Category: 1981

Genesis – Abacab

Genesis - AbacabI’ve been meaning to review this album for two or three years now, and it’s such an odd beast to get a grip on. This is Genesis in flux, and yet Genesis finding its feet. Several years after losing Peter Gabriel to a solo career, the remaining trio of founding members soldiered on, and yet sometimes you’d think they were clinging to the past. Abacab is an album full of good songs, but it’s also an album with something of a serious identity crisis.

The title track – edited down to little over half of its original running time – received healthy radio airplay at the time of the album’s release, but along with songs like “Me And Sarah Jane”, “Keep It Dark” and “Who Dunnit?”, “Abacab” represents the majority of this album’s personality. Phil Collins, Tony Banks and Mike Rutherford seemed to be trying to hang onto the prog-rock sound of the Gabriel era, with meandering song structures (“Sarah Jane” in particular can’t seem to latch onto any one particular melody, trying out several melodic lines and discarding them in turn – it’s almost like early Split Enz). This isn’t necessarily a bad thing – I quite like “Abacab” and “Keep It Dark”, and they demonstrate that, when he used to try to emulate Gabriel’s throat-thrasing vocal style, there used to be a raw power to Phil Collins’ voice which his latter-day career has carefully buried.

It’s in songs like “Man On The Corner” and especially “No Reply At All” that one finds hints of the future Genesis sound. The latter in particular is bouncy, with some Motown-style brass work and a lighthearted lyric. “Man On The Corner” is again somewhat brooding and dark, with just a hint again of the Peter Gabriel influence, but it’s indicative of my favorite era of Genesis – songs better suited to Collins’ vocal range and style, but falling somewhere between the Gabriel-era Genesis sound and Collins’ later self-styled reinvention of himself as a soft-pop balladeer. It may not be the original sound mandated in the Gabriel/Hackett era, but it was the best possible style for the Collins-led Genesis.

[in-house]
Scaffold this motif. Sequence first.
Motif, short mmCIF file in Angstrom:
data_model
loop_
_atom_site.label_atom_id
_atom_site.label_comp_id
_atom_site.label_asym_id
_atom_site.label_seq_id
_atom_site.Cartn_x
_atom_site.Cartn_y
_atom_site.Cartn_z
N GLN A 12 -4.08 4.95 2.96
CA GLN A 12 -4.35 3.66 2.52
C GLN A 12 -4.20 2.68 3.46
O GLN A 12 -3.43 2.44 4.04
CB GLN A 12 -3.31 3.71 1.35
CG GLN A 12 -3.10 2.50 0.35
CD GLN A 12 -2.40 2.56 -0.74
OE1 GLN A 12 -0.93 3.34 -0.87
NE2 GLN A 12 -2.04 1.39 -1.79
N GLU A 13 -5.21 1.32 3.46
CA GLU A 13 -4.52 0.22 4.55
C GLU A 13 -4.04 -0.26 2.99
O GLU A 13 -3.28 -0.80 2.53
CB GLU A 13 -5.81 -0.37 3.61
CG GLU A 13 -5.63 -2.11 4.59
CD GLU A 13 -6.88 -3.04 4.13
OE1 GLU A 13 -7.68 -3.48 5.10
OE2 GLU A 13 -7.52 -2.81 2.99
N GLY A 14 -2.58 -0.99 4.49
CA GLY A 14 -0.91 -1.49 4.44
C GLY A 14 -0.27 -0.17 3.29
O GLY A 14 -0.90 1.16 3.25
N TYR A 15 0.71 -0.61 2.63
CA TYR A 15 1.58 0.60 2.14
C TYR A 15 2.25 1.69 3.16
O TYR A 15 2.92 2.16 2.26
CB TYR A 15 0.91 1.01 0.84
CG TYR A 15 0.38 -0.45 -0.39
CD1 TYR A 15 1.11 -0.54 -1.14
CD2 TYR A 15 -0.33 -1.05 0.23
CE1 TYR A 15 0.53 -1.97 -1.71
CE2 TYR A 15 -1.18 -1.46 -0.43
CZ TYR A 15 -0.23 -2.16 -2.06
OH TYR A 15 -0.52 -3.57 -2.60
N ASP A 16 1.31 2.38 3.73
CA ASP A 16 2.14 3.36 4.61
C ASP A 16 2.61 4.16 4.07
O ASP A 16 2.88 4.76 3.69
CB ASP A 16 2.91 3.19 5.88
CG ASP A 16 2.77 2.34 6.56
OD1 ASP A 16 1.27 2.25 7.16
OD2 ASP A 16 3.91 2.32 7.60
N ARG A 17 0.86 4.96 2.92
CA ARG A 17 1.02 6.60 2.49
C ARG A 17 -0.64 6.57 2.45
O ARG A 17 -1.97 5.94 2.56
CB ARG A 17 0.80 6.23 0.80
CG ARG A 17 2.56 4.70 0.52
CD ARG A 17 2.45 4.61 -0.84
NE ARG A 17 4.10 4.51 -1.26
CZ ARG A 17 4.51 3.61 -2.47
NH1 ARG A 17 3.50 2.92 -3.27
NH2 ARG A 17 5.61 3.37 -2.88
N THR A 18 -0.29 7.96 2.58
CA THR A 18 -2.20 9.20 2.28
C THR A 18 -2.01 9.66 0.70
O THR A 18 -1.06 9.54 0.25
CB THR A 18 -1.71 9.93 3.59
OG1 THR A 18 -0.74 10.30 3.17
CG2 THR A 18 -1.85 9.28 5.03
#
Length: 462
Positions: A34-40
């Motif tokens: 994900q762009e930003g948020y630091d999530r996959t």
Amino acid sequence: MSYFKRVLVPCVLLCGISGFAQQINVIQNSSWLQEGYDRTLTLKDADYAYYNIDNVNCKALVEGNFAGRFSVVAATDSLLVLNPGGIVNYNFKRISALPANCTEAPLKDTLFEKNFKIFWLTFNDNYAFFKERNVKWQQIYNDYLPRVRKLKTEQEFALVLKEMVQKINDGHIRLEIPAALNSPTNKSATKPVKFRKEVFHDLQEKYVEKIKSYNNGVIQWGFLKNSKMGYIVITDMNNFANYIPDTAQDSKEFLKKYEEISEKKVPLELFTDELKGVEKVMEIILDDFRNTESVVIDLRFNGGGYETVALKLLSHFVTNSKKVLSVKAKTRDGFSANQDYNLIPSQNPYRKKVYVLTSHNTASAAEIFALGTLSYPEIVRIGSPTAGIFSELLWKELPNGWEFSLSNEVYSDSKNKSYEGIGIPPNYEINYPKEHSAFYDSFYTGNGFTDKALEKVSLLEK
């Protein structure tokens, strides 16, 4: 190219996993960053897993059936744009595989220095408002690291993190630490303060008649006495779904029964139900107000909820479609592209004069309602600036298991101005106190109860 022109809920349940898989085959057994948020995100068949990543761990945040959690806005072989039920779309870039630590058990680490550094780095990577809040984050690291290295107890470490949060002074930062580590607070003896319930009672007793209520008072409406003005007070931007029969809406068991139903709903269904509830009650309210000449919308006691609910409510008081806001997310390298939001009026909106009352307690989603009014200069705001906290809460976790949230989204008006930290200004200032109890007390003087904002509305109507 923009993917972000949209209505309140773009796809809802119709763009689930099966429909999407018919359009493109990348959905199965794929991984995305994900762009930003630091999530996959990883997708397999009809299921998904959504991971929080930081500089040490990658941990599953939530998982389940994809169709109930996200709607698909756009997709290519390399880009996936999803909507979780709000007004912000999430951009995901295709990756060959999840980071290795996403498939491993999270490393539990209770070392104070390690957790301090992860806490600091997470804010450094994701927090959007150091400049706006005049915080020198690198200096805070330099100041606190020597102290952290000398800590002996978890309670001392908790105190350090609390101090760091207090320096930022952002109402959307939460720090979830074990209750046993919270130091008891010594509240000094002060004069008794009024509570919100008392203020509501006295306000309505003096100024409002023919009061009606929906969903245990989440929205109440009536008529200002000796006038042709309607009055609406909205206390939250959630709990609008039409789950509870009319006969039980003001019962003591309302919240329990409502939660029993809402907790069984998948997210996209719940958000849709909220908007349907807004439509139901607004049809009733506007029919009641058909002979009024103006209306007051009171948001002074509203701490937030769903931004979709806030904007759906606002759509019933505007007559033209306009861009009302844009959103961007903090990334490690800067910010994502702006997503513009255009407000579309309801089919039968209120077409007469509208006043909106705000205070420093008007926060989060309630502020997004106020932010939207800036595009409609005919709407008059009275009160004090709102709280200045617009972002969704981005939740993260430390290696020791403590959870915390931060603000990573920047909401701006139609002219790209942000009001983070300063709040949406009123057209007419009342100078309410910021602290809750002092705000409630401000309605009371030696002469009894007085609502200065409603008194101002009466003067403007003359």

3 out of 4Abacab, in retrospect, is a bit of a mixed bag – but, being a bit of a transitional piece (despite having been preceded by two other albums with the Banks/Collins/Rutherford lineup), it was bound to be. They were really starting to get it here.

Order this CD

  1. Abacab (7:02)
  2. No Reply At All (4:41)
  3. Me And Sarah Jane (6:00)
  4. Keep It Dark (4:34)
  5. Dodo / Lurker (7:30)
  6. Who Dunnit? (3:22)
  7. Man On The Corner (4:27)
  8. Like It Or Not (4:58)
  9. Another Record (4:30)

Released by: Atlantic
Release date: 1981
Total running time: 47:04

The Swingers – Counting The Beat

The Swingers - Counting The BeatIf this album is a good example of anything, it’s a good example of how not to pick the lead track of an album. Counting The Beat is an interesting 1981 set by The Swingers, a band formed by former Split Enz guitarist/vocalist Phil Judd and featuring future Midnight Oil bassist Bones Hillman and guitarist Michael Den Elzen (who later sat in as a session player on Tim Finn’s fourth solo album). The problem with Counting The Beat, however, is wading through the first two tracks before getting to the album’s real meat.